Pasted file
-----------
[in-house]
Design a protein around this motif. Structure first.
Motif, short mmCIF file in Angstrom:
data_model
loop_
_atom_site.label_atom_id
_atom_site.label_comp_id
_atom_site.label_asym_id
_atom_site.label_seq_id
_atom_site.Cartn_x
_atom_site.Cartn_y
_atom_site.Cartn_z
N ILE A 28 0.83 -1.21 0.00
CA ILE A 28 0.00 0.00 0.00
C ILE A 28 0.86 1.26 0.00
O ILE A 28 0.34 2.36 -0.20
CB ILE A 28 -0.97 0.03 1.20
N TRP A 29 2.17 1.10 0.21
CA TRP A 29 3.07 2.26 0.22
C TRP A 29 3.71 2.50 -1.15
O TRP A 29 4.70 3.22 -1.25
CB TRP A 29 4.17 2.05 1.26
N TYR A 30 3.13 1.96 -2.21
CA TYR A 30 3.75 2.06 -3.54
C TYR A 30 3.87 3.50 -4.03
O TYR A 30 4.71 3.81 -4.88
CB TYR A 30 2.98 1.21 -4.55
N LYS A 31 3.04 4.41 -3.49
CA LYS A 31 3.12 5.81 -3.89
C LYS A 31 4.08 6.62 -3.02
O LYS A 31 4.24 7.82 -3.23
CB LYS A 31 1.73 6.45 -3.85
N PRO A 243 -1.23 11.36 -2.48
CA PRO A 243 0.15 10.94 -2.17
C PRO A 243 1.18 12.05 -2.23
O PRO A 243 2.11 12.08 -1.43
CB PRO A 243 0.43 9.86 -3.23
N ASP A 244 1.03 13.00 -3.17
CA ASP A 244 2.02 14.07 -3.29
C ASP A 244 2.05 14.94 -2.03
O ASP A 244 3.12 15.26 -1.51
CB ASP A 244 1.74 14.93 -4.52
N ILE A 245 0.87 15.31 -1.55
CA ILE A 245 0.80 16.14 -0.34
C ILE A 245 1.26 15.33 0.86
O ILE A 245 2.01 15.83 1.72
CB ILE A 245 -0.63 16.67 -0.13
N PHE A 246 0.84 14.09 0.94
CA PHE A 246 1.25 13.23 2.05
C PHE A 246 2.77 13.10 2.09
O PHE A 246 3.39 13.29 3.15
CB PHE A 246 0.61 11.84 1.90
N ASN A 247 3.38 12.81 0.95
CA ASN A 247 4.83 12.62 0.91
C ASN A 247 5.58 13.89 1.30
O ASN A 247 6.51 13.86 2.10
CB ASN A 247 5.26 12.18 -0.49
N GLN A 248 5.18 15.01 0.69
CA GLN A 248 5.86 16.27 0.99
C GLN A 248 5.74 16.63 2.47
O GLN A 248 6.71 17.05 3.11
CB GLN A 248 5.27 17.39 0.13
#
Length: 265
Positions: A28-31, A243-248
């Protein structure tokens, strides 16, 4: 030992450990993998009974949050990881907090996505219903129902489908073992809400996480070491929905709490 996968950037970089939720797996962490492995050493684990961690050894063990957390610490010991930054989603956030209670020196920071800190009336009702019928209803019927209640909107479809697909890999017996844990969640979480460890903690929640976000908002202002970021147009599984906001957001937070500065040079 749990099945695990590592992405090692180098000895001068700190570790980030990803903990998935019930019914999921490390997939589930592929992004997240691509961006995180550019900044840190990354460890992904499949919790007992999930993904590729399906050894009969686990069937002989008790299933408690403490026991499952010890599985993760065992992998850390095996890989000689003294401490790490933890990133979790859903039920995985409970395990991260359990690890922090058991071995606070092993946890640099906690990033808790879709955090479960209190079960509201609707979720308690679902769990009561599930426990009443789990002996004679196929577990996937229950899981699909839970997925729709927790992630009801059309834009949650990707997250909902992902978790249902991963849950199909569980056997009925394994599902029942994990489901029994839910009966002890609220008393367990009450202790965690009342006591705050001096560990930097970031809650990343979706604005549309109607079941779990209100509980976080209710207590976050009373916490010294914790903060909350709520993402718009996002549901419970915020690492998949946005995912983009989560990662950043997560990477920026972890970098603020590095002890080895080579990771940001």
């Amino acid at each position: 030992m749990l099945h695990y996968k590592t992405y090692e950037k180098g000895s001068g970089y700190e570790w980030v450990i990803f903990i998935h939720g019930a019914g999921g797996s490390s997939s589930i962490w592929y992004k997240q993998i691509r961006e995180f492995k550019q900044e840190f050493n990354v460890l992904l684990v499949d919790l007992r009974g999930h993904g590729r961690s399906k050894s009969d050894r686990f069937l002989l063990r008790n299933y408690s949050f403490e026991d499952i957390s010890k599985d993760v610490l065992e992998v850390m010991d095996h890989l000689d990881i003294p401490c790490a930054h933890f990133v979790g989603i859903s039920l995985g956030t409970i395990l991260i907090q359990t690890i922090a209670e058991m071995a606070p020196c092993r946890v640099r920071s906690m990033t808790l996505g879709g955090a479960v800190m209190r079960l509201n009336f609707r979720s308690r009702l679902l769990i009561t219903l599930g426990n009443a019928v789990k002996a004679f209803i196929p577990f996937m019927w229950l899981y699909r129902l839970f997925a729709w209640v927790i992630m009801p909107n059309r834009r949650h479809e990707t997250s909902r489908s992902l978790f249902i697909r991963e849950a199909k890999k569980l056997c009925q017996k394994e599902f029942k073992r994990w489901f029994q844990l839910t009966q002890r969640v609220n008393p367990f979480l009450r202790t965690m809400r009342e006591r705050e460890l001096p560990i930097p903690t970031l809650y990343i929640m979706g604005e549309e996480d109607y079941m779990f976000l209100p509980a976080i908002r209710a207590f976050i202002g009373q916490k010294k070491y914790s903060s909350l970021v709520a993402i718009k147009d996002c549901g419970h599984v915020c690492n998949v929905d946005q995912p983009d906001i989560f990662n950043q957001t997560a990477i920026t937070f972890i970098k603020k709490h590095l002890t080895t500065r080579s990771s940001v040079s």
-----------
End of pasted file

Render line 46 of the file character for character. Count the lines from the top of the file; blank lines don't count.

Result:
O ILE A 245 2.01 15.83 1.72